Tuesday, April 28, 2009

Days or Ages?

As I said yesterday, I believe that a gap of time existed between Gen 1:1 and 1:2, during which time the angels (which Job 38:4ff indicate were created before the material universe and definitely before man) followed Satan in his rebellion to be independent from God and in fact, take over His throne. Subsequent to this God offered them a form of salvation and reconciliation, which two thirds of them accepted. The remainder were then tried, found guilty and sentenced to the Lake of Fire, a sentence which has not yet been executed. Why? The logical conclusion is so they can appeal it.

That's an overview of what I believe, and all of it is supported by scripture, but not my subject now. The reason I bring it up is that this sequence allows for the earth to be of much greater age than if measured from Adam and Eve. We also do not know how long Adam lived with the woman in the garden in perfection. It could have been three years, thirty years or three thousand years. Scripture doesn't say.

From this view, then, Genesis 1 is a description not of God's original creation of the earth, but its renovation after having been ruined as a result of the angelic conflict. At this point He not only had to restore it, but make it suitable for a smaller, weaker creature to live in.

Some, like Fossil Hunter's Katie James, take the six days of Genesis One to mean ages rather than literal days, but I think even in the English it is pretty clearly laid out as occurring in six 24-hour intervals.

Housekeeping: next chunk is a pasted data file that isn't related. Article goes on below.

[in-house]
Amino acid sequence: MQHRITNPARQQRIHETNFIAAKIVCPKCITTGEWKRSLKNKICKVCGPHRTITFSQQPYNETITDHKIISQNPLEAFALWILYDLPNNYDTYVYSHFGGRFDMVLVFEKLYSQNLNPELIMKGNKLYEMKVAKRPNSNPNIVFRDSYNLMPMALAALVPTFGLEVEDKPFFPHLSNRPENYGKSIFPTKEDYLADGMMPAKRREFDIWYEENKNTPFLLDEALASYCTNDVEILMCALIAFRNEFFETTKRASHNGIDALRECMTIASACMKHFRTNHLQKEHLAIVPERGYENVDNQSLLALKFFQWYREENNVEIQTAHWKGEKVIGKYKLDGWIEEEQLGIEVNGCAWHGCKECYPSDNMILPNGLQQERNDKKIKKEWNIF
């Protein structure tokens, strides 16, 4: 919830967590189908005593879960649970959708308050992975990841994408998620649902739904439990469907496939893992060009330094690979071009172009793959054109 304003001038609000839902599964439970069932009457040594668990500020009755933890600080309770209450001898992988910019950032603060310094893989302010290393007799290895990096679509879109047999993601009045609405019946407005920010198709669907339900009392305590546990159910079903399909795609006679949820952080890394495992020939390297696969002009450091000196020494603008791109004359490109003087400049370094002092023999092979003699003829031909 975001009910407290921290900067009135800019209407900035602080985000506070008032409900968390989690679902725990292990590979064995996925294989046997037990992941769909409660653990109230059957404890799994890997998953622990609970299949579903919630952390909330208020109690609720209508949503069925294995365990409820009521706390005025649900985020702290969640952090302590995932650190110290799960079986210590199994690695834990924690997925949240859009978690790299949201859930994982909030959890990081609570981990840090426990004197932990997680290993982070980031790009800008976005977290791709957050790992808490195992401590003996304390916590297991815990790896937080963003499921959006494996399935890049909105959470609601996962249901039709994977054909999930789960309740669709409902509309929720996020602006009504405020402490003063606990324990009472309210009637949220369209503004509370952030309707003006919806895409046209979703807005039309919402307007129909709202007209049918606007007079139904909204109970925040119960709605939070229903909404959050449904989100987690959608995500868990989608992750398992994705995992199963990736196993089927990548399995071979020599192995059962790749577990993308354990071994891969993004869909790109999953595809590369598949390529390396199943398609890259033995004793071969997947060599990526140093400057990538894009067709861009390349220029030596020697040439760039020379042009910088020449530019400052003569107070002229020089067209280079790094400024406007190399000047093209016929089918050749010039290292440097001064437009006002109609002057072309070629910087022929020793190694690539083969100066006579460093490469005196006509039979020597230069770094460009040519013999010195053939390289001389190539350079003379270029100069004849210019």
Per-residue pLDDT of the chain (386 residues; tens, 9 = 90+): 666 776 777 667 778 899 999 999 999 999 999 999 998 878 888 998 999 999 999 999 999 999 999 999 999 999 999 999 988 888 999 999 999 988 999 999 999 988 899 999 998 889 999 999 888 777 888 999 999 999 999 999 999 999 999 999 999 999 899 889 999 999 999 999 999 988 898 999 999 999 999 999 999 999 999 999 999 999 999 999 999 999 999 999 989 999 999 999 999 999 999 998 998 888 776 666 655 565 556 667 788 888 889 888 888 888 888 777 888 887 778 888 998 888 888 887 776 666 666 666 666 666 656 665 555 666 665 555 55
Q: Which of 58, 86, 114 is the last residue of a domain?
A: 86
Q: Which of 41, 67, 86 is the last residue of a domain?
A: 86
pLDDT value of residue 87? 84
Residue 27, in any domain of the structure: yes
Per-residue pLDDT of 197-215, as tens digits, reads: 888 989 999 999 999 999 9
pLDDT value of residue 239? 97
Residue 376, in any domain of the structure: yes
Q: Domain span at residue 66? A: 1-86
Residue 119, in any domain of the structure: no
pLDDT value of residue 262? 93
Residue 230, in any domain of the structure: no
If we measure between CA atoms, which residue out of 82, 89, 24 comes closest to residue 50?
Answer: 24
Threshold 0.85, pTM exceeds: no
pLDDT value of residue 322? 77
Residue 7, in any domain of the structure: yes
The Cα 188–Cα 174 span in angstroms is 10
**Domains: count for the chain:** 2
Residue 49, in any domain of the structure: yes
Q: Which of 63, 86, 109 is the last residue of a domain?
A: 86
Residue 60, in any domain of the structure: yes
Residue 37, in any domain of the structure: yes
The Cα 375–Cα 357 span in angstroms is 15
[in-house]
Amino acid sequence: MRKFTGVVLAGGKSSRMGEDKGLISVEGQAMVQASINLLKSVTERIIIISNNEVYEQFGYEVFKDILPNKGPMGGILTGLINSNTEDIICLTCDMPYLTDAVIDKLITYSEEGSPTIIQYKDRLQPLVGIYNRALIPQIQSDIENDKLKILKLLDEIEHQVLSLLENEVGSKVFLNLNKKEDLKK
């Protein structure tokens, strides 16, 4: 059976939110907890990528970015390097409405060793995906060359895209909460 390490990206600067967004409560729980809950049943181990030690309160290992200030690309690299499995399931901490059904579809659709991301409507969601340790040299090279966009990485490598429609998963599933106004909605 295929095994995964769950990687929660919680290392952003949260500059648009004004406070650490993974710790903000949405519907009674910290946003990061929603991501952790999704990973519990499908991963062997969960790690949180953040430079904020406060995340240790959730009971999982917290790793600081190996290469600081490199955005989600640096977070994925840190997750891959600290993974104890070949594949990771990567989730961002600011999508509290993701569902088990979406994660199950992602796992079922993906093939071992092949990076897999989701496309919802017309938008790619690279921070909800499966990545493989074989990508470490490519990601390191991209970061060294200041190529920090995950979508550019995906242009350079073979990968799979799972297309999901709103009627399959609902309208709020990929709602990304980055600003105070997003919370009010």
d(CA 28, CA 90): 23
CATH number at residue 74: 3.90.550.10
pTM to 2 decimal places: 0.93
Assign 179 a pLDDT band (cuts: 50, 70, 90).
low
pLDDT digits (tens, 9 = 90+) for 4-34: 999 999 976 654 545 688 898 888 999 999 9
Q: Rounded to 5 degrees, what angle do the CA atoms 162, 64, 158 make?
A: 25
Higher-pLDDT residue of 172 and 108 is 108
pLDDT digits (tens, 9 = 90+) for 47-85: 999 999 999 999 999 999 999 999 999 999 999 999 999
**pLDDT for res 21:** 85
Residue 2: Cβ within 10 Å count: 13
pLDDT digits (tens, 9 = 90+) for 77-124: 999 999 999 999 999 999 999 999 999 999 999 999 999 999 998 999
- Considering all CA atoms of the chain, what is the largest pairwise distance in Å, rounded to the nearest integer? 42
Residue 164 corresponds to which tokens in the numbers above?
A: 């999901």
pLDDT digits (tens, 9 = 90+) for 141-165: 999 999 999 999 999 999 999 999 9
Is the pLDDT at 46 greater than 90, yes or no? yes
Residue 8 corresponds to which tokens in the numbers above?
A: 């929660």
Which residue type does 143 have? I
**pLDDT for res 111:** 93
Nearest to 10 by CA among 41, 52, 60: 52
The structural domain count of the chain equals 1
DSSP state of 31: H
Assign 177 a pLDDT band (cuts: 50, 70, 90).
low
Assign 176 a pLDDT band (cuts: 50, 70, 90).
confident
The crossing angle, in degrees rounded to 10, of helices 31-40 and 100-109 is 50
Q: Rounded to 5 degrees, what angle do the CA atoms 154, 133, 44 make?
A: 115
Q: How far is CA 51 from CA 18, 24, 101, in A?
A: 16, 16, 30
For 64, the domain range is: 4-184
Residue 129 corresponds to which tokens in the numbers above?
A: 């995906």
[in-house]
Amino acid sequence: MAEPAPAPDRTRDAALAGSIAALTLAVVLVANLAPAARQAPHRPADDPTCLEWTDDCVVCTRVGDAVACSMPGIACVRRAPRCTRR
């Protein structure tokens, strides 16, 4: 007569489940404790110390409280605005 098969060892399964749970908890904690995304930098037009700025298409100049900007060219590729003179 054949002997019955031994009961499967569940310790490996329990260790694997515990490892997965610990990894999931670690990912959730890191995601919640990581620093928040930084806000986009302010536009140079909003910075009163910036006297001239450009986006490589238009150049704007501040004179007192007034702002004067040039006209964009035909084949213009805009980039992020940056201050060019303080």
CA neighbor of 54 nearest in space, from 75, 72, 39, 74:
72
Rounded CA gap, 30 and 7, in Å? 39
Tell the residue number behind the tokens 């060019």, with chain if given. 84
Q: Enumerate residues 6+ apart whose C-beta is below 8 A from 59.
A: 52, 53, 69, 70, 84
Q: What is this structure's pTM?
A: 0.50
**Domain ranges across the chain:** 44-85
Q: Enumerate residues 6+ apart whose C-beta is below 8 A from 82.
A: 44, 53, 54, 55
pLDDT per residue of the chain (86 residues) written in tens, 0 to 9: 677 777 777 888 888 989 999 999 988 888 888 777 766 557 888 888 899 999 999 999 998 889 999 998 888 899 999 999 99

Gen 1:4 God saw that the light was good; and God separated the light from the darkness. And God called the light day, and the darkness He called night. And there was evening and there was morning, one day."

Even in the English, if He wanted to tell us it was a single day, could He have written it any more clearly? Well, I suppose He could have added, "Yes, I mean a real day, morning and evening, one revolution of the earth, not an age or a millenium." Still sometimes in Scripture the word day does refer to something other than a 24-hour period, longer or shorter.

Thankfully, the Hebrew makes it crystal clear. A literal translation of the last part reads: "then it became dusk and then it became morning, day one."

Not only does this construction convey the fact that the earth is now revolving on its axis to produce one complete solar day, but whenever the word yom, "day," occurs in the Old Testament with a numeral, this grammatical construction always describes a 24-hour day.

Also, a reading of Ex 20:8-11 confirms this refers to a literal 24-hour day, since that is the context for the reference in verse 11 to God's work in Genesis. After telling the Jews they can work six days but the seventh is a sabbath of the Lord, they are reminded in vs 11 that "For in six days the Lord made the heavens and the earth, the sea and all that is in them..."

So, it's days, not ages and on the first one, He returned the light and set the earth in motion, revolving on its axis.

Tomorrow... the rest of the days.